I hate to recommend the use of Rit or Tintex all-purpose dye on cotton because of the way it bleeds every single time you wash it. You're supposed to hand-wash any garment you have dyed with Rit dye, separately, using cool water. That is too much trouble for me: I like to throw everything in the washer together, and it works fine for me, simply because I use better dyes. Any clothing dyes with all-purpose dye will ruin other clothing you wash it with, if you are not careful about sorting clothes before washing them, a chore that is entirely unnecessary if you use more washfast dyes, such as Procion MX dyes. Also, I have seen many complaints about getting colors that are not dark enough when dyeing with all-purpose dye. Many people find it disappointing to buy all-purpose dye in black, and then have their clothing turn out not to be black at all after dyeing, but instead an off-gray. As a general rule, it's a good idea to use two to four times as much dye, per shirt, if you are using black dye, as you would for any other color. The fact that all-purpose dye fades quickly might work to your advantage if what you want is an old-looking shirt. However, to my mind, it's not worth the laundry trouble. You can fix Rit dye by after-treating the dyed garments with a mail-order commercial dye fixative, known as Retayne; see "Commercial Dye Fixatives".

A very interesting approach is to begin with a new black t-shirt and discharge-dye it, using diluted bleach. The use of bleach on dark-colored dyes tends to produce oddly antique, ghostly, faded results. Not all black clothing will lose color when treated with bleach; some will stay black no matter what you treat it with. You can dye your own shirts, or (in the US) you can buy black t-shirts from Dharma Trading Company which are guaranteed to react to bleach. I have had good luck in bleaching Hanes and Fruit-of-the-Loom brand black shirts. Be careful when working with chlorine bleach, because it is far more hazardous than any of the dyes we use:  be sure to have excellent ventilation so that you do not breathe the fumes (at least have a strong fan in a nearby window, blowing air OUT the window, or,  preferably, wear a good respirator with acid-gas cartridges), and wear good strong gloves, not the very thin disposable gloves that oven spring a leak.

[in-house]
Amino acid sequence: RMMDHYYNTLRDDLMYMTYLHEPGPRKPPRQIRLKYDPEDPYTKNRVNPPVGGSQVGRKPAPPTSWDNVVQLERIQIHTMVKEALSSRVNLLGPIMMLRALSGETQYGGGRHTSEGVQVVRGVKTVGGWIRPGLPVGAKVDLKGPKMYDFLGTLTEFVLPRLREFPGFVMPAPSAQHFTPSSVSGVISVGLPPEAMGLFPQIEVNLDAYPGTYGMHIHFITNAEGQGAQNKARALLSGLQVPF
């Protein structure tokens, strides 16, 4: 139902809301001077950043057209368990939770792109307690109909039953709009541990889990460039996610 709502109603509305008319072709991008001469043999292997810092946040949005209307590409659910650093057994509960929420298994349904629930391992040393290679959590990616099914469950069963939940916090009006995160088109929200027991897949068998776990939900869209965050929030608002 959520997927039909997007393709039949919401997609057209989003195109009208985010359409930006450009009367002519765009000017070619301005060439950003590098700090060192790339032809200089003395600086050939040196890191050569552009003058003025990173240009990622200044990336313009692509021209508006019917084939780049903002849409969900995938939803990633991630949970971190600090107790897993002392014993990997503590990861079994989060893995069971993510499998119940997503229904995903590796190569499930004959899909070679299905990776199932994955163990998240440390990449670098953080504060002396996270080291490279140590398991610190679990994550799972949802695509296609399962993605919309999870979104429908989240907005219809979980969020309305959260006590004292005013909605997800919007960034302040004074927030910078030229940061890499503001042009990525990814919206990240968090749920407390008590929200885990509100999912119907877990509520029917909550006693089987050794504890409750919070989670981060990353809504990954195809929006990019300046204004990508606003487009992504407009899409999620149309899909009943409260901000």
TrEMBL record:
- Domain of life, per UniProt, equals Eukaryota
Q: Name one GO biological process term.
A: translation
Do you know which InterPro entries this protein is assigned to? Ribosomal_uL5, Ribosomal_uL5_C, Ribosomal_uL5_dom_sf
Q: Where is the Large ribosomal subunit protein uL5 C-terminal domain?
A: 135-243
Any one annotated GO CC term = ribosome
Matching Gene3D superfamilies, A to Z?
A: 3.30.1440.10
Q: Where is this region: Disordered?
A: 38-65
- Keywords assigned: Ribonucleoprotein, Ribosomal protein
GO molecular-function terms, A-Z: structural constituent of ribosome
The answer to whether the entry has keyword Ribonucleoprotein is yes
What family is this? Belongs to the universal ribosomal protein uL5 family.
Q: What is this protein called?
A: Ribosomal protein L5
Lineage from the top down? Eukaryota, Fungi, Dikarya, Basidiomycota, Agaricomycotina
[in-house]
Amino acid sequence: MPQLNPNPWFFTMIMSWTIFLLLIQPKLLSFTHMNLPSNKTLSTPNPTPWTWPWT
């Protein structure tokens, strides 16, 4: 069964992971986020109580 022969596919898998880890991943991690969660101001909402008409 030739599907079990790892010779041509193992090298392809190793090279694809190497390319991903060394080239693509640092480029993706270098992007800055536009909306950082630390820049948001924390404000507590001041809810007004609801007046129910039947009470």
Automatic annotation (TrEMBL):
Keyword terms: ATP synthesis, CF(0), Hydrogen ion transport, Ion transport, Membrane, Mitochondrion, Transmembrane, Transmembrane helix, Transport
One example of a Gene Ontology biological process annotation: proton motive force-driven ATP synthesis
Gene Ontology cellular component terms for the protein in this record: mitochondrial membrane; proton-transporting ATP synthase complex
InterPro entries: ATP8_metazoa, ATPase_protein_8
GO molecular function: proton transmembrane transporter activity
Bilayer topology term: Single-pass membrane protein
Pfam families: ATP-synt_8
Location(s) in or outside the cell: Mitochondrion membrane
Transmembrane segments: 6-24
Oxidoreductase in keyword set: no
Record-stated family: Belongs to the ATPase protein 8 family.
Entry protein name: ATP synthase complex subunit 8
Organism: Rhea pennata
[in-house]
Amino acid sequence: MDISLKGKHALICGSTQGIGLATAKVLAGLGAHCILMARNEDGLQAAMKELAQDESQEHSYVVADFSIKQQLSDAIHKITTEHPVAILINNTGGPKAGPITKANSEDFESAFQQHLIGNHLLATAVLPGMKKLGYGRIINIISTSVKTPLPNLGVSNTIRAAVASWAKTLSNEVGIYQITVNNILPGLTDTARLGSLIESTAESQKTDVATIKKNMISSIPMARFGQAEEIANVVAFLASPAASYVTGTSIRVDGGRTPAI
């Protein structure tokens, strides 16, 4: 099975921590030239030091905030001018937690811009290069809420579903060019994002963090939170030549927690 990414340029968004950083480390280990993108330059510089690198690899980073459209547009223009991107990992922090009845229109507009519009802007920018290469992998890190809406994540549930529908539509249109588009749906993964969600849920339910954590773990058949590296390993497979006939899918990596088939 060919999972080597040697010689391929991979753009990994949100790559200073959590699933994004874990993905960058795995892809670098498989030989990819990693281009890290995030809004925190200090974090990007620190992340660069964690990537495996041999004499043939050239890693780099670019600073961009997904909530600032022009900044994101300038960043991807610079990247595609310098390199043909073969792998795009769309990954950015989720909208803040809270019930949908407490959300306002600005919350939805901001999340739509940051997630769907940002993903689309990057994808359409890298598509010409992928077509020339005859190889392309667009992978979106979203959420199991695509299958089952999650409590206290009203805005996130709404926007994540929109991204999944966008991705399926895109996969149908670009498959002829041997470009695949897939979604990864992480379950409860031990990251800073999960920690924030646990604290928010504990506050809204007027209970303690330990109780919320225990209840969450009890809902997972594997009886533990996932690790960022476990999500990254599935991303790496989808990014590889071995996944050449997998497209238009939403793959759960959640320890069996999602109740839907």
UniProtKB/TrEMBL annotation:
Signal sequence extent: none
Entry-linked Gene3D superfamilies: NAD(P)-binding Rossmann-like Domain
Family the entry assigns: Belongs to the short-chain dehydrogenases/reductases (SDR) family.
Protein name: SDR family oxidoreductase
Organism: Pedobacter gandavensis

I have read about washing denim with rock salt to distress the fabric, by adding three cups of rock salt to a small load of wash. I do not recommend this, because if the rock salt stays undissolved long enough to abrade your fabric like little pebbles, it is also going to be damaging the lining of your washing machine; if the rock salt dissolves too quickly to damage the washer, then it is not going to be effective in distressing your fabric. If you want to physically damage your fabric slightly, to give it a truly aged look, then I recommend you do so by using sandpaper to rub the garment directly by hand, without risking major damage to your washing machine. I dye clothing in my washing machine all the time without damaging the machine, but physical abrasives are sure to be much more damaging than dye.

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Posted: Monday - May 12, 2008 at 10:49 AM